JCU English Professor Carlos Dews Publishes Novel, Hush

Interweaving several narrative lines, Carlos Dews has fashioned a raw, suspenseful autobiographical narrative. His prose is clear and steady, one sentence after another pulling the reader forward and down deeper into many overlapping raw, eye-opening stories of human survival. Hush has a gripping, mesmerizing power that will bring you in and not let you go.
                                                                                       Billy Collins, U.S. Poet Laureate (2001-2003) and author of The Rain in Portugal

JCU English Professor and Department Chair Carlos Dews recently published his novel, Hush, by Negative Capability Press. Set in East Texas during the last century, Hush follows four women who marry into a single family, imagining how they cleave together despite war, poverty, and prejudice, to redirect their lives, finding hope in a place and in a family determined to provide them with only misery and pain.

Carlos Dews

Carlos Dews

“The stories I recount in Hush were inspired by those I heard from the incredible women in my family with whom I spent most of my time growing up,” said Professor Dews.

Even though the stories and the characters are based on the lives of real women, Hush begins with a disclaimer that all the characters portrayed in the novel are fictional. “The lives of these women were severely limited by choices that were made for them and the narrow roles open for women at the time. But I have taken great creative liberties with the stories told to me, in many ways to provide reimagined alternatives to the lives those women actually lived. I wanted to give them futures that they couldn’t have imagined for themselves,” said Professor Dews.

The novel also explores the issue of toxic masculinity. “When I was growing up in the 1960s and 1970s in East Texas, the inherited awful idea of what it meant to be a man, and of making sure that one always behaved properly in sync with that idea, bordered on the paranoid. The actions men took to undergird their own sense of gender security and the damage that did to those around them can perhaps be read as the subtext of Hush. According to Negative Capability Press, Hush is “a celebration of the women who, against all odds, rear men to resist the lessons of toxic masculinity, to see that there is another way to be a man.”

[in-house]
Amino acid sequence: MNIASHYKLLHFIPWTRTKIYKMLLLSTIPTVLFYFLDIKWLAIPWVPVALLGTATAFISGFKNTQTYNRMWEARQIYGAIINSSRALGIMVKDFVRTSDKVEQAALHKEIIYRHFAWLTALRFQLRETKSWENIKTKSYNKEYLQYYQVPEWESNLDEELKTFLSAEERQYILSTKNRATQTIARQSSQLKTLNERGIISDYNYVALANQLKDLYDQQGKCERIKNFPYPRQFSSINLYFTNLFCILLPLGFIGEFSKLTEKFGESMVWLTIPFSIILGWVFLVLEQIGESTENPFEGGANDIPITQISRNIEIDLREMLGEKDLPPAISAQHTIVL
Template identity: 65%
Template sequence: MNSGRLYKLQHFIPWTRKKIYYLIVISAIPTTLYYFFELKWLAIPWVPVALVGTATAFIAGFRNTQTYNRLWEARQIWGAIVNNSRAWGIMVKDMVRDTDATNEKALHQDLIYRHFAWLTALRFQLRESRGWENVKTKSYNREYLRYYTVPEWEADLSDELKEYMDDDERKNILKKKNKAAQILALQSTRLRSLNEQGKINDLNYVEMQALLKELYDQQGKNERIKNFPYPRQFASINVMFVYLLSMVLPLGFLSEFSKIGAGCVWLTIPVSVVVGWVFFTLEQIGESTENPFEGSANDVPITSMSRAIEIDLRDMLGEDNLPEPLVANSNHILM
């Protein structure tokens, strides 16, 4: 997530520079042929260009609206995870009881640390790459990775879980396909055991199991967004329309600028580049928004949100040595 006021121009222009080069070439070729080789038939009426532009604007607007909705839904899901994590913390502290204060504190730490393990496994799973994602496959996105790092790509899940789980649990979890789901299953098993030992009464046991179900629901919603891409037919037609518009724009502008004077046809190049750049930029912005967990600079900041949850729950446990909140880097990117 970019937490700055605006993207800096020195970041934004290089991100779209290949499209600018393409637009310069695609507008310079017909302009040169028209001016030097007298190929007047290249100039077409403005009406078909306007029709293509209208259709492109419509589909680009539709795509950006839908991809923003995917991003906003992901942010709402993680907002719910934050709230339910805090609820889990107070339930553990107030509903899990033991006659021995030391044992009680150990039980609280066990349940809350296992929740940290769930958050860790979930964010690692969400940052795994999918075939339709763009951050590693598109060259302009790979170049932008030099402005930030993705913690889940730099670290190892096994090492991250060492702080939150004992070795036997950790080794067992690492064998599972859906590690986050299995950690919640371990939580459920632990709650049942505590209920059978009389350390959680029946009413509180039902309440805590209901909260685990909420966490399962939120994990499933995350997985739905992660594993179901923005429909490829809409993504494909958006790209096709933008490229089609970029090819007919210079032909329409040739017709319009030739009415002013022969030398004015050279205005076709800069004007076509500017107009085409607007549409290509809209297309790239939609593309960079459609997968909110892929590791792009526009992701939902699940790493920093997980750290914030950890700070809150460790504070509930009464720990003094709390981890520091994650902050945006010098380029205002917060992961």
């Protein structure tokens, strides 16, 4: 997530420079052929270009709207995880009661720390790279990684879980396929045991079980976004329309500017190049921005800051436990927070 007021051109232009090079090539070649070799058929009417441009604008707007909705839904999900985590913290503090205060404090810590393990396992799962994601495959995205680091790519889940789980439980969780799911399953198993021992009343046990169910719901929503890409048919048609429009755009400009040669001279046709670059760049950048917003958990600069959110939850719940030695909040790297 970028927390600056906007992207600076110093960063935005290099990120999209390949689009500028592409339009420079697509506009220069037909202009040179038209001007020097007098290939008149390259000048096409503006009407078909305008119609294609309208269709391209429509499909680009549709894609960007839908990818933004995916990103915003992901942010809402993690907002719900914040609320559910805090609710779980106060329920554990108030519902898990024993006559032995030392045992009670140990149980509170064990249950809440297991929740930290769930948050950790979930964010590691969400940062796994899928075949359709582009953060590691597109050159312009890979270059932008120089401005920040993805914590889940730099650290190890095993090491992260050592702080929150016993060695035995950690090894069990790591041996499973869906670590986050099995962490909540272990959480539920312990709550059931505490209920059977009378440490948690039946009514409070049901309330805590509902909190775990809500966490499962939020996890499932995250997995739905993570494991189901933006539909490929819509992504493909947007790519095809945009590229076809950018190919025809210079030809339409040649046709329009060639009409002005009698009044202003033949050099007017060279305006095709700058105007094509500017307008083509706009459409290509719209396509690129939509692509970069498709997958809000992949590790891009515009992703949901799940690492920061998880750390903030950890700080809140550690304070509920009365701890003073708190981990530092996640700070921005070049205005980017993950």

Born in Nacogdoches, Texas, Carlos Dews holds an M.A. and Ph.D. in American Literature (University of Minnesota) and an M.F.A. in Fiction Writing (The New School). He is a leading expert in the life and work of American novelist Carson McCullers, whom he has been researching for almost thirty years. He edited McCullers’s unfinished autobiography Illumination and Night Glare, and numerous other works. Founding Director of the Carson McCullers Center for Writers and Musicians at Columbus State University in Columbus, Georgia, Professor Dews was also the Founding President of the Carson McCullers Society, an organization of scholars dedicated to research on McCullers’s life and work. His other academic endeavors include two essay collections co-edited with Carolyn Leste Law: This Fine Place So Far From Home: Voices of Academics from the Working Class (1995) and Out in the South (2001). In fiction, he has co-authored the Novel of Secrets paranormal thriller series with crime writer S.J. Rozan (under the joint pseudonym Sam Cabot).

4+